Saturday, March 31, 2007



Yesterday CongressDaily brought up an interesting point to consider. There's a good chance that the next president of the United States is going to be someone who is will have an unexpired U.S. Senate term to fill. The last sitting senator to have been elected president was JFK in 1960. This time it would be the case with Hillary Clinton, Barack Obama, or that crazy old Republican kook from Arizona. And some of the hometown pols pushing these guys the hardest are the ones interested in replacing them. The most optimum scenario would be Obama winning the presidency and solidly progressive Jan Schakowsky succeeding him. The nightmare scenario in Illinois would be ultra-sleazy and corrupt Rahm Emanuel getting into the Senate. There are also 3 progressive African-American congressmen who would like to follow Obama: Bobby Rush, Jesse Jackson, Jr. and Danny Davis. Then there are Chicago's just re-elected Mayor Richard Daley, a potential embarrassment to the Democratic Party in terms of egregious and unbounded corruption on a scale as wide as a Tom DeLay or Jerry Lewis.

It's far more likely, though, that a Senate replacement will have to be found in New York since it's hard to fathom that Hillary won't be the next President of the United States of America. Best scenario: very progressive-- far more than Hillary-- upstate Congressman Maurice Hinchey. Other Democratic congressmembers who would like to move to the Senate include progressive Jose Serrano (from the Bronx) and two moderates, Gregory Meeks (from Queens), and Nita Lowey (from Westchester). And of course there's always Hillary's husband (from Harlem).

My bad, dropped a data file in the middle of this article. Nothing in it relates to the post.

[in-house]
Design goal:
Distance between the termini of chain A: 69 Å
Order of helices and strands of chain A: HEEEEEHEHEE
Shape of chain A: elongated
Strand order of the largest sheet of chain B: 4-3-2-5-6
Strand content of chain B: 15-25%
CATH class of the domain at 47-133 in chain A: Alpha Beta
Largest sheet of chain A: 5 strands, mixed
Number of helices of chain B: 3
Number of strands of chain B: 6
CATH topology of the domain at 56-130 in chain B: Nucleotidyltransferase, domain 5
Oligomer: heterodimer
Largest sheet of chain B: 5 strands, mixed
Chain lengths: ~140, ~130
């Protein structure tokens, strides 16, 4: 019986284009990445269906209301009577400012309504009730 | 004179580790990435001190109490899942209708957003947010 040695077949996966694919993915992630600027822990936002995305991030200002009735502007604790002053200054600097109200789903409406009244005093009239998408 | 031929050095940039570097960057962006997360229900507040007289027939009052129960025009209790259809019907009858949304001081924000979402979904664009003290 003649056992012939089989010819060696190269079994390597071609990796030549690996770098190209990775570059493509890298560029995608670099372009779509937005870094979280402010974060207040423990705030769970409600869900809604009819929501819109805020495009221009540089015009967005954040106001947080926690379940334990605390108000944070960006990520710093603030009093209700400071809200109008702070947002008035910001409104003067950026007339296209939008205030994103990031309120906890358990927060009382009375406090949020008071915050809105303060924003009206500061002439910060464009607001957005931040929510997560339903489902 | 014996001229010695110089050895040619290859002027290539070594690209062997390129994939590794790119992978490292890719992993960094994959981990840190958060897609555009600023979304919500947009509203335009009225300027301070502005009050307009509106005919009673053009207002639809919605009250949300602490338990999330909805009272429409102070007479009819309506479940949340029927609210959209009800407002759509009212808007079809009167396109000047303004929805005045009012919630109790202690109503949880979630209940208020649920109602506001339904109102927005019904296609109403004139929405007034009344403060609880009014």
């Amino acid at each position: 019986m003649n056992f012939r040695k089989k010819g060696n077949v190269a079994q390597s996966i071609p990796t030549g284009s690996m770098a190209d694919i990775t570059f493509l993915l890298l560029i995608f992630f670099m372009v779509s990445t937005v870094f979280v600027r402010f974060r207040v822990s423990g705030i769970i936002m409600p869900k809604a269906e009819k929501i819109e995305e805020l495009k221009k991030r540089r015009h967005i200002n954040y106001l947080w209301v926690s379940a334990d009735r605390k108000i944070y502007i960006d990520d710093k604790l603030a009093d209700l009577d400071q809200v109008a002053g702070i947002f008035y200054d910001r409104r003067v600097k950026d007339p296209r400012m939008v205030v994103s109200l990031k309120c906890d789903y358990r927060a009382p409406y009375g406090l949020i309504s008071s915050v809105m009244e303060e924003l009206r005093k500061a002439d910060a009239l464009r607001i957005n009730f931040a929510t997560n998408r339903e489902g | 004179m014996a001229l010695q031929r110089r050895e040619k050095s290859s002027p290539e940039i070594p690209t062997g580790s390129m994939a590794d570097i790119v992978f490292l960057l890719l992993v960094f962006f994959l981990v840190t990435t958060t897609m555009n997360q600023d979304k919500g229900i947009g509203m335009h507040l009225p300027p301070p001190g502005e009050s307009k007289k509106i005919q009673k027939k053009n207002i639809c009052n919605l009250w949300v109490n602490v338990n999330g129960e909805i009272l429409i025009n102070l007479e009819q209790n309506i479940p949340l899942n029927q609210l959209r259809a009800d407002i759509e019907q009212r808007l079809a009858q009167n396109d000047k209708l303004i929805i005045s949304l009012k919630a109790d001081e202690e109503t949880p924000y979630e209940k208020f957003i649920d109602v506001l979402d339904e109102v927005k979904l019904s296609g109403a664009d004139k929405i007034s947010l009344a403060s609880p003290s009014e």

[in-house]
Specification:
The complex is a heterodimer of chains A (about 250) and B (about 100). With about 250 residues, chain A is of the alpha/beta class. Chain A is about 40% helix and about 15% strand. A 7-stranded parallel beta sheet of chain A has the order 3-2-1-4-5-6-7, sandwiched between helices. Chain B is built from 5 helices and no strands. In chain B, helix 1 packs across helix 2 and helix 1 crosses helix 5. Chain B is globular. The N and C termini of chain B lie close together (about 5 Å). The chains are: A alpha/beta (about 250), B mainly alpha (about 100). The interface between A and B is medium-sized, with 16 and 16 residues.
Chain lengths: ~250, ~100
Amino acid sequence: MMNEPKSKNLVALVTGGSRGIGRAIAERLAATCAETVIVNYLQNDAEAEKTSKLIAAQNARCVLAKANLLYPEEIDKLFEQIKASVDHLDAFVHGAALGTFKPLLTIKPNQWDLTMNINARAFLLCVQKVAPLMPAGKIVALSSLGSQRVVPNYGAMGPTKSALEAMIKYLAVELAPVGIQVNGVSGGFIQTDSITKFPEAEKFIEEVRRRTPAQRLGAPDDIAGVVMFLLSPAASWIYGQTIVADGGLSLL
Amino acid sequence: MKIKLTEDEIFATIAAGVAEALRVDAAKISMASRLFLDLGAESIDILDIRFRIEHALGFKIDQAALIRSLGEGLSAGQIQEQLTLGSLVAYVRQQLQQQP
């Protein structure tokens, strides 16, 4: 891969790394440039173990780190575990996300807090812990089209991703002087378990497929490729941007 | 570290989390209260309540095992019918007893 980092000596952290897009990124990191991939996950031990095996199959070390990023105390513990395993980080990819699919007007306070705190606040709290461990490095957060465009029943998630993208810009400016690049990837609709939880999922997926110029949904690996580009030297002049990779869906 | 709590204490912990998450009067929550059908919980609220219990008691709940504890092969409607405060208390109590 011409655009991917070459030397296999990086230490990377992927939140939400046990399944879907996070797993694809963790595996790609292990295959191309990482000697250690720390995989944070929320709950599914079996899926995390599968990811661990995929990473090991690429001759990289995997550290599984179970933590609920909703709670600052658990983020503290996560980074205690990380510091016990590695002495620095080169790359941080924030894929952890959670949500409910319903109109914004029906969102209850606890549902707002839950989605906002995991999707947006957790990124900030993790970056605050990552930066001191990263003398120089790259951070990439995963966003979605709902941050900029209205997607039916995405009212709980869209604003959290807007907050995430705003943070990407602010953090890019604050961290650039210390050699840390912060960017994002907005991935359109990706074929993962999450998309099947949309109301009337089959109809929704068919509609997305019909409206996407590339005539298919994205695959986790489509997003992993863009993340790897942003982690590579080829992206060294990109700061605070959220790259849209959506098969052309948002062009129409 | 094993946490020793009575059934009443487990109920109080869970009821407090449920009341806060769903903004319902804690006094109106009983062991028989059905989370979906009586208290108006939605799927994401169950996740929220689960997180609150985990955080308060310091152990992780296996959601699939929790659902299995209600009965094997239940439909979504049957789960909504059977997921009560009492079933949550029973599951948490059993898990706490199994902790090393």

In the extremely unlikely event that McCain becomes president, Democratic Governor Janet Napolitano would be bound by Arizona law to name a Republican and it isn't likely she would appoint anyone but a caretaker to just ride out the remainder of McCain's term, setting up an open race for 2010. Three far right exremists, Jeff Flake, John Shadegg and Trent Franks, are all eager to get their hands on that seat as would moderate Democrat Ed Pastor. And then there's the state's wildly popular governor...

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At 2:05 AM, Blogger Kari Chisholm said...

I gotta think that Governor Blagojevich would nominate himself. After all, he'd be six years into his governorship - a fine time to bump up into the Senate.


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